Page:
“Chelsea have already played twice against Man United, they could have sold him last week. I think if you want to respect the fairness for everybody, this should not happen.”
And the response… “Wenger complaining is normal because he always does. Normally he should be happy that Chelsea sold a player like Juan Mata, but this is a little bit his nature. I think what is not fair is that his team always has the best days to play.”
He’s out of order, disconnected with reality and disrespectful. When you give success to stupid people, it makes them more stupid sometimes and not more intelligent.
In February 2014, just a few weeks later, Wenger was asked why some of Arsenal’s fellow title hopefuls were so keen to downplay their ambitions. “It is fear to fail,” he said.
Mourinho delivered a memorable monologue in reply. “Am I afraid of failure? He is a specialist in failure. I’m not. So if one supposes he’s right and I’m afraid of failure, it’s because I don’t fail many times. So maybe he’s right. I’m not used to failing. But the reality is he’s a specialist because, eight years without a piece of silverware, that’s failure.”
After a decade of verbal insults, the rivalry finally escalated physically in October 2014 when Wenger shoved Mourinho during an argument on the touchline at Stamford Bridge.
“In hindsight I think I should not have reacted at all,” said Wenger. “It’s not a way to behave on a football field. Did Mourinho provoke me? That is how I felt. I did not enter Chelsea’s technical area.”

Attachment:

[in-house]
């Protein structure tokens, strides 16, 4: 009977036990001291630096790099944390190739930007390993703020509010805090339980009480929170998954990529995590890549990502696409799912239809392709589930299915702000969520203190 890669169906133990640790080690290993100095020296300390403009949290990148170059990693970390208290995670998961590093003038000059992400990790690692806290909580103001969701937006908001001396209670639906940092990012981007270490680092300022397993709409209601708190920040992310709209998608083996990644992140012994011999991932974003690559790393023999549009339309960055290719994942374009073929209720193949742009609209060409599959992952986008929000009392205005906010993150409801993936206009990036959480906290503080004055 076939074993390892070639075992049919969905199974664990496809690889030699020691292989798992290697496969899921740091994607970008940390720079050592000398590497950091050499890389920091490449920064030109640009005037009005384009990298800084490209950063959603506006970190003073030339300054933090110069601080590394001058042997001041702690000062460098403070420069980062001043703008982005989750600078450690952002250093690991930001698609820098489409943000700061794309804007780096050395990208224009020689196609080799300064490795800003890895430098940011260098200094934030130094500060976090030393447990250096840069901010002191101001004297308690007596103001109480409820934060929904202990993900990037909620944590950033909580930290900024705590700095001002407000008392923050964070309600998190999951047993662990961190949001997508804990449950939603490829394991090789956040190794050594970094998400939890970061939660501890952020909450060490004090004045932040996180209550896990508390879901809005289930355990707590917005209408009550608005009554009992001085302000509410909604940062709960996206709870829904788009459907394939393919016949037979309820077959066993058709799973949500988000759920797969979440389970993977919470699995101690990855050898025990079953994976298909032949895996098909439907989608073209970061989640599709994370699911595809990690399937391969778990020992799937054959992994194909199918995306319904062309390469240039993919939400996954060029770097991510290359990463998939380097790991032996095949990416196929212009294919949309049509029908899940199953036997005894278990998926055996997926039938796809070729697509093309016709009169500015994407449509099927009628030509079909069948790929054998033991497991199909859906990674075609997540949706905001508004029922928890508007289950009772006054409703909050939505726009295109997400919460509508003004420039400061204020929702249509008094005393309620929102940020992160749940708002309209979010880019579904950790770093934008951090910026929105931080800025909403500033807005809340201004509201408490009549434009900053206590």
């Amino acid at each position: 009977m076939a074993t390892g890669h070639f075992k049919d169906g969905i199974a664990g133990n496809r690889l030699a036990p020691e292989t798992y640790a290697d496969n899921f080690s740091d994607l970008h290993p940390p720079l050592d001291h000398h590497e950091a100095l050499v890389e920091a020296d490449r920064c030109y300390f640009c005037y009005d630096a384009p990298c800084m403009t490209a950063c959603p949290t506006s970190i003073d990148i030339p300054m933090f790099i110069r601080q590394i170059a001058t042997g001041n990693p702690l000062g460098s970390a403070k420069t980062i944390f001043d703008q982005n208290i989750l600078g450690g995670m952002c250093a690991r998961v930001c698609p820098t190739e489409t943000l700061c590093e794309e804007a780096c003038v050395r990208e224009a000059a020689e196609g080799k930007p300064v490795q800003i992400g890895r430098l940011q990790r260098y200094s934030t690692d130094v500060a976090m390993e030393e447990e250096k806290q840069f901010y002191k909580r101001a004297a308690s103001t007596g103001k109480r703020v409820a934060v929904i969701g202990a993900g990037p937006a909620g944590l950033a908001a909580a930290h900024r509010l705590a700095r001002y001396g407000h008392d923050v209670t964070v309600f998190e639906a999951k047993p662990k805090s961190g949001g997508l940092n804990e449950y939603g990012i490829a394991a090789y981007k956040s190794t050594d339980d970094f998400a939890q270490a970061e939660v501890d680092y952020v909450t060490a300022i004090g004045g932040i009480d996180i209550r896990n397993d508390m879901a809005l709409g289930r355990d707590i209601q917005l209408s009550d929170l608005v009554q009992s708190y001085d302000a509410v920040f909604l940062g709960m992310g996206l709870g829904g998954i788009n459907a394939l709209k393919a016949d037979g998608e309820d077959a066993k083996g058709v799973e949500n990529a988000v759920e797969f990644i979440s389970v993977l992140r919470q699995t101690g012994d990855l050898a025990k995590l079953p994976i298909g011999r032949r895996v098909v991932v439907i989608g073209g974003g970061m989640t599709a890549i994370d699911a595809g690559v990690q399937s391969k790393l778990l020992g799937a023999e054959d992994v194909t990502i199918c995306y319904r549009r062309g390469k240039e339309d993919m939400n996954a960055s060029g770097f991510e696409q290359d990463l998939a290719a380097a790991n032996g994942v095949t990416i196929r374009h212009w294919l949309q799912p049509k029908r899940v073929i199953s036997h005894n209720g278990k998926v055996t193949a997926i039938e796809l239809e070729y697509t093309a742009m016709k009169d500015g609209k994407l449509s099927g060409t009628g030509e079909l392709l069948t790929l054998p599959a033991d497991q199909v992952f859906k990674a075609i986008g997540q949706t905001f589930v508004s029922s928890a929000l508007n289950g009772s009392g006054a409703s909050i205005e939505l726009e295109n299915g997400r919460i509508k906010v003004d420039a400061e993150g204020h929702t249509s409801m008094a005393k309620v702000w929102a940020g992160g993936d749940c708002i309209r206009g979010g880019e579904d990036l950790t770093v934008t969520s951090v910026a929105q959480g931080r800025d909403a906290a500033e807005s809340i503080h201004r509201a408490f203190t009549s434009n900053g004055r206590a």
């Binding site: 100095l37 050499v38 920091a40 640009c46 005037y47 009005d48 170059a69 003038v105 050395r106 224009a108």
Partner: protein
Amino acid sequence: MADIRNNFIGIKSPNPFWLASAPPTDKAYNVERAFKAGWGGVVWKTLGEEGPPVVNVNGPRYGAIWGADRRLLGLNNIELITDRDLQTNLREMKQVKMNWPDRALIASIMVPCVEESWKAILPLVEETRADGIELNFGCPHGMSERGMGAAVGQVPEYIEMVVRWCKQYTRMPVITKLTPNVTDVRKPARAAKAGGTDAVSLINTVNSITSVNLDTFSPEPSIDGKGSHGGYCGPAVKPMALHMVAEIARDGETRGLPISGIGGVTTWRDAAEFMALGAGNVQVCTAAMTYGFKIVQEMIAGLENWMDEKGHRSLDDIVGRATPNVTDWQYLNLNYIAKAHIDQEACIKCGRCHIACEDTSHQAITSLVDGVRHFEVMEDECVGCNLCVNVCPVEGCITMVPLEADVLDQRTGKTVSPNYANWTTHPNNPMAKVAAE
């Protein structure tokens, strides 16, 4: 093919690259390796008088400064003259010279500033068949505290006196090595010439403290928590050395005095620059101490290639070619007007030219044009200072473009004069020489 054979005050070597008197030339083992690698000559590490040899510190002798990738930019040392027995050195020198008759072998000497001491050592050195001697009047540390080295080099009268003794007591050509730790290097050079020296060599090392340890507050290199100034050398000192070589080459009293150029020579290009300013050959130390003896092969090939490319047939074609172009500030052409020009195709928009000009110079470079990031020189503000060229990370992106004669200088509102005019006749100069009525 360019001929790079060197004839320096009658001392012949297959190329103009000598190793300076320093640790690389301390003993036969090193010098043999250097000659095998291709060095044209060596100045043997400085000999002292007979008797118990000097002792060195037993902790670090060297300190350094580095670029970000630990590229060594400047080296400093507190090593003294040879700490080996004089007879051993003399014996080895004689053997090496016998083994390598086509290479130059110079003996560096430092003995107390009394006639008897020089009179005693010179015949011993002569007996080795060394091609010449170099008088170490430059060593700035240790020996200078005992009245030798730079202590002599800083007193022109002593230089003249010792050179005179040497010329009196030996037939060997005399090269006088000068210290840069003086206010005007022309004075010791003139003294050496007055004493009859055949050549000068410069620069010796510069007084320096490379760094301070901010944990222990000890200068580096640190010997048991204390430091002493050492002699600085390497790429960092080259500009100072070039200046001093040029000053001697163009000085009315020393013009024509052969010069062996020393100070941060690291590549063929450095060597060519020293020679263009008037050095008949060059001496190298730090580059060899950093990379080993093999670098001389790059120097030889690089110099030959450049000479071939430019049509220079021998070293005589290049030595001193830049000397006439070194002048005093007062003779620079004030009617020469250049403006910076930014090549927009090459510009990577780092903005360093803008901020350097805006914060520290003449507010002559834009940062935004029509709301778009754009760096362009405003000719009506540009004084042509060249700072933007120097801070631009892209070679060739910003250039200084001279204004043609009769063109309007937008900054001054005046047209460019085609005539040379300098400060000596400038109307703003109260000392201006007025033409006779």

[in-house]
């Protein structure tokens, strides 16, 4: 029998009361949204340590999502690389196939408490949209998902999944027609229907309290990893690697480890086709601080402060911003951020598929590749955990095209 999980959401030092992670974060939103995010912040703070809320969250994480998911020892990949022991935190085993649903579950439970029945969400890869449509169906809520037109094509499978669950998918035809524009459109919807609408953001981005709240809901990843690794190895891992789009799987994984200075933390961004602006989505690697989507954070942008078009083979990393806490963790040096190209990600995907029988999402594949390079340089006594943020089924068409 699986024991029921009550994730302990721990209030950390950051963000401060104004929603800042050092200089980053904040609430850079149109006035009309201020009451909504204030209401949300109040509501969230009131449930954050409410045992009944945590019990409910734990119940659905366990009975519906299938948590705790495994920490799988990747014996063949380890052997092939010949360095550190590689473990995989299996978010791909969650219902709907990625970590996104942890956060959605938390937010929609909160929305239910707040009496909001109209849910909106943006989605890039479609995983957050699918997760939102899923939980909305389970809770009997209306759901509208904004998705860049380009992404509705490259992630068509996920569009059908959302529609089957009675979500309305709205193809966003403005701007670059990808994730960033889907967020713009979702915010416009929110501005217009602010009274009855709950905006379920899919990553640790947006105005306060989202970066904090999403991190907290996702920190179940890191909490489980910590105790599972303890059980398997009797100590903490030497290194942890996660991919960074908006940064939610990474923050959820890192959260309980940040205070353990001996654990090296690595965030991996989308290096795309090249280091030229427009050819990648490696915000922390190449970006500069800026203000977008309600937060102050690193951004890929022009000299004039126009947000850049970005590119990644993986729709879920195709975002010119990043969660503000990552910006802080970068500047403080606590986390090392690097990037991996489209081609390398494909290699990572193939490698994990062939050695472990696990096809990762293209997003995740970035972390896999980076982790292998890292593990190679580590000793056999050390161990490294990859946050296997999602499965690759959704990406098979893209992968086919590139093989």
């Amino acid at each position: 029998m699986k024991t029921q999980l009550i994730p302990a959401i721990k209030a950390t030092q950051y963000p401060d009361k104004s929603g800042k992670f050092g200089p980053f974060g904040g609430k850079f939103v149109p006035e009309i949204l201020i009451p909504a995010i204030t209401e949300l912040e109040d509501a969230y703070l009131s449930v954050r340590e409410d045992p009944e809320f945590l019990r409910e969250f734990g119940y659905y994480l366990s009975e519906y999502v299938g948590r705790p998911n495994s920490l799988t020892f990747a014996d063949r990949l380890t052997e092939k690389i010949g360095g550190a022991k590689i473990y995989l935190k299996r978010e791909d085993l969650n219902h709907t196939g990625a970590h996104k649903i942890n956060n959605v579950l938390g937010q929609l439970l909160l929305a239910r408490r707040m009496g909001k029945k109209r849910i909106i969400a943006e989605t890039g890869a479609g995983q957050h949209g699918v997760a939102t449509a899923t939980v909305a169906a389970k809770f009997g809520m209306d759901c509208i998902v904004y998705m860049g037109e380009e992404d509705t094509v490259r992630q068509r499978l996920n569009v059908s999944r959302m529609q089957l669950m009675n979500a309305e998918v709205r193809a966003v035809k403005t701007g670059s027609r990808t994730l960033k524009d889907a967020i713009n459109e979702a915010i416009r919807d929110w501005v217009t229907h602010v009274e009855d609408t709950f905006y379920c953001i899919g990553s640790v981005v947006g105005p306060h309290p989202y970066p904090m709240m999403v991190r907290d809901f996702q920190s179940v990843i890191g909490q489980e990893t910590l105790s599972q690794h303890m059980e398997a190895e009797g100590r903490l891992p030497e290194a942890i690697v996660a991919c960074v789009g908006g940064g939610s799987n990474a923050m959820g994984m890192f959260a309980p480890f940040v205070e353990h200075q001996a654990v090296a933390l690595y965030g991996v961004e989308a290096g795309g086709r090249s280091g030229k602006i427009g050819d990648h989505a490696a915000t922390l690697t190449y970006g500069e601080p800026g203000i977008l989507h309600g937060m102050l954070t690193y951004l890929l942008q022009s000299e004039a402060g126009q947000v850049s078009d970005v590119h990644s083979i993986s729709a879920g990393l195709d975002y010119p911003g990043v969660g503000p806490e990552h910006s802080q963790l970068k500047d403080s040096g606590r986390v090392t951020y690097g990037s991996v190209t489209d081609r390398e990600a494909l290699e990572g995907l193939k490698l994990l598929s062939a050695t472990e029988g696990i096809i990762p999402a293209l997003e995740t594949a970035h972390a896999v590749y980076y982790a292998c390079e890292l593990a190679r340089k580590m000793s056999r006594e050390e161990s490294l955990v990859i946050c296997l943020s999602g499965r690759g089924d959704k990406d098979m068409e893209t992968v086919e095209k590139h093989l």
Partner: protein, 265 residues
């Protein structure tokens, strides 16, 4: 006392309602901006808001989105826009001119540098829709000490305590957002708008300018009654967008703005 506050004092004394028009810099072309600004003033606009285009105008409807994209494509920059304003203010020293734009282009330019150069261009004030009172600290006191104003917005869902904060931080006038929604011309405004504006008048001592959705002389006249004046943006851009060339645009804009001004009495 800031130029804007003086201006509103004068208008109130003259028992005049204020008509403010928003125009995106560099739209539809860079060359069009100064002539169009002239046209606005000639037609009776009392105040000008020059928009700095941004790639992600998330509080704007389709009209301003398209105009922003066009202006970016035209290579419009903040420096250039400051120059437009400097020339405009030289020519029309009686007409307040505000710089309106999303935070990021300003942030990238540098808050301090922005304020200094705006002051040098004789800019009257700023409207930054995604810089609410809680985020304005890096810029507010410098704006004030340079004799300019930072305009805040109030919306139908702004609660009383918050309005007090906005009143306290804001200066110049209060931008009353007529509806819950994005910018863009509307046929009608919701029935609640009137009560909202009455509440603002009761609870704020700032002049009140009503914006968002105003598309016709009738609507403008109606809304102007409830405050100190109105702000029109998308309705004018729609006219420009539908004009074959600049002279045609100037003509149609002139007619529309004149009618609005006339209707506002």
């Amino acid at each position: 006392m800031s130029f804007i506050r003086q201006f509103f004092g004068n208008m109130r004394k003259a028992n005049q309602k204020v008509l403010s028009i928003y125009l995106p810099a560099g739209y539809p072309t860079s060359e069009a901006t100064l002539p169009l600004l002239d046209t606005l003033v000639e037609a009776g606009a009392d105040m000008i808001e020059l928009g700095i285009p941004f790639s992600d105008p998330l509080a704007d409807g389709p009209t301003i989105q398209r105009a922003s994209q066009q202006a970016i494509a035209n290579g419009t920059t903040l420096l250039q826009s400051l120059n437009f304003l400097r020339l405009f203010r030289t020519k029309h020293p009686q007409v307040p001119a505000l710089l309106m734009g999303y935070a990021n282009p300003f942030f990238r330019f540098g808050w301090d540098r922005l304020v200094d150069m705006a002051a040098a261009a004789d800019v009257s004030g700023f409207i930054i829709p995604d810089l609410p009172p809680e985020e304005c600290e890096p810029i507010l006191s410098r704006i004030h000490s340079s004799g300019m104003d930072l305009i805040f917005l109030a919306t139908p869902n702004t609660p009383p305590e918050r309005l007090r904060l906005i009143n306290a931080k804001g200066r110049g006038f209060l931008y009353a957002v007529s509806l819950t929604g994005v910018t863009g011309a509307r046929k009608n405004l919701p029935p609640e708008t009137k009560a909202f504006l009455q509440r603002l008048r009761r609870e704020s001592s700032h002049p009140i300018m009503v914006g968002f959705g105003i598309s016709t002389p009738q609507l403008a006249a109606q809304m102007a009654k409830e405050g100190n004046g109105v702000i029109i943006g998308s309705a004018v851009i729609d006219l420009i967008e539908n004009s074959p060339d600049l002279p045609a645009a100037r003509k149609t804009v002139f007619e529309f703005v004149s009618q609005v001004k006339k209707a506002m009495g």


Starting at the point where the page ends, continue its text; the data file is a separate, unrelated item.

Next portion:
And when it was suggested to Mourinho that his Arsenal counterpart could be charged… “Charged? If it was me it would have been a stadium ban.”
Wenger passed up the opportunity to shake Mourinho's hand after finally getting the better of his rival in the Community Shield in August 2015 - but it was the Portuguese delivering the next public jibes.
After a fiercely contested contest at Stamford Bridge, which included Gabriel being sent off after a clash with Diego Costa, Wenger criticised referee Mike Dean and went unpunished by the FA, leading to this outpouring from Mourinho:
"In this country, only one manager is not under pressure. Every other manager is. We cannot be below par. We have to meet the objectives. There is one outside that list, but good for him. You know who.
"The one who can speak about the referees before the game, after the game, can push people in the technical area, can moan, can cry in the morning in the afternoon, nothing happens. He can not achieve, keep his job, still be the king. In the rule book it says some managers can speak about the referees before and after games. Some others cannot. I am in the list of those who are punished if they speak about the referees."
As Chelsea's woeful start to their title defence saw them lose 3-1 at home to Southampton, Mourinho launched into another tirade, this time lasting seven minutes and including: "referees are afraid to give decisions for Chelsea." The comments earned Mourinho a £50,000 fine and suspended one game stadium ban.
After receiving clarification on why he'd been fined, Mourinho adopted the words Wenger was allowed to use to criticise referee Mike Dean. In his post match assessment of Champions League officials after a goalless draw at Dynamo Kiev he said: "The referee was weak and naive."